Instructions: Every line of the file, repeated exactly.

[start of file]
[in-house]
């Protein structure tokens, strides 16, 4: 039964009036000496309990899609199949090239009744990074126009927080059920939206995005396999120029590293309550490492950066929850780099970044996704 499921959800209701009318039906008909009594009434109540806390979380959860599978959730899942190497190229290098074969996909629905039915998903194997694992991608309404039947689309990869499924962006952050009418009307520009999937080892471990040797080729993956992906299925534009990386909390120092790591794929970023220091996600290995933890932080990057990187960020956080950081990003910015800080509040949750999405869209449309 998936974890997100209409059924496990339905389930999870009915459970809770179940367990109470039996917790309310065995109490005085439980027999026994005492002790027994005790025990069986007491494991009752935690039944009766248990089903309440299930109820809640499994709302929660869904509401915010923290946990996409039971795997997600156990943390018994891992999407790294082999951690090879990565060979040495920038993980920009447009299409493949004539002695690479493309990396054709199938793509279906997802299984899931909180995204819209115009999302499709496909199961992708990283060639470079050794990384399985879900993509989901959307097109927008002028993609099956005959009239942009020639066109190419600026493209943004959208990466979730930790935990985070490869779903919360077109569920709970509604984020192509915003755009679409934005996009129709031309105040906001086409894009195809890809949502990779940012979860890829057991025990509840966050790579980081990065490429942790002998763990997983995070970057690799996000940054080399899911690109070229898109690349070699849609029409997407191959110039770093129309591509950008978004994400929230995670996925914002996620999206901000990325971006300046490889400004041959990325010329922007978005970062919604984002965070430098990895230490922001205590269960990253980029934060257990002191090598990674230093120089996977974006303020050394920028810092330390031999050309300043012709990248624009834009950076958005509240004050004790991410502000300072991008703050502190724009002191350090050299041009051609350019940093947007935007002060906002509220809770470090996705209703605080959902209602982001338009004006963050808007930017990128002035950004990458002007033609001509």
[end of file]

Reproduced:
[in-house]
């Protein structure tokens, strides 16, 4: 039964009036000496309990899609199949090239009744990074126009927080059920939206995005396999120029590293309550490492950066929850780099970044996704 499921959800209701009318039906008909009594009434109540806390979380959860599978959730899942190497190229290098074969996909629905039915998903194997694992991608309404039947689309990869499924962006952050009418009307520009999937080892471990040797080729993956992906299925534009990386909390120092790591794929970023220091996600290995933890932080990057990187960020956080950081990003910015800080509040949750999405869209449309 998936974890997100209409059924496990339905389930999870009915459970809770179940367990109470039996917790309310065995109490005085439980027999026994005492002790027994005790025990069986007491494991009752935690039944009766248990089903309440299930109820809640499994709302929660869904509401915010923290946990996409039971795997997600156990943390018994891992999407790294082999951690090879990565060979040495920038993980920009447009299409493949004539002695690479493309990396054709199938793509279906997802299984899931909180995204819209115009999302499709496909199961992708990283060639470079050794990384399985879900993509989901959307097109927008002028993609099956005959009239942009020639066109190419600026493209943004959208990466979730930790935990985070490869779903919360077109569920709970509604984020192509915003755009679409934005996009129709031309105040906001086409894009195809890809949502990779940012979860890829057991025990509840966050790579980081990065490429942790002998763990997983995070970057690799996000940054080399899911690109070229898109690349070699849609029409997407191959110039770093129309591509950008978004994400929230995670996925914002996620999206901000990325971006300046490889400004041959990325010329922007978005970062919604984002965070430098990895230490922001205590269960990253980029934060257990002191090598990674230093120089996977974006303020050394920028810092330390031999050309300043012709990248624009834009950076958005509240004050004790991410502000300072991008703050502190724009002191350090050299041009051609350019940093947007935007002060906002509220809770470090996705209703605080959902209602982001338009004006963050808007930017990128002035950004990458002007033609001509």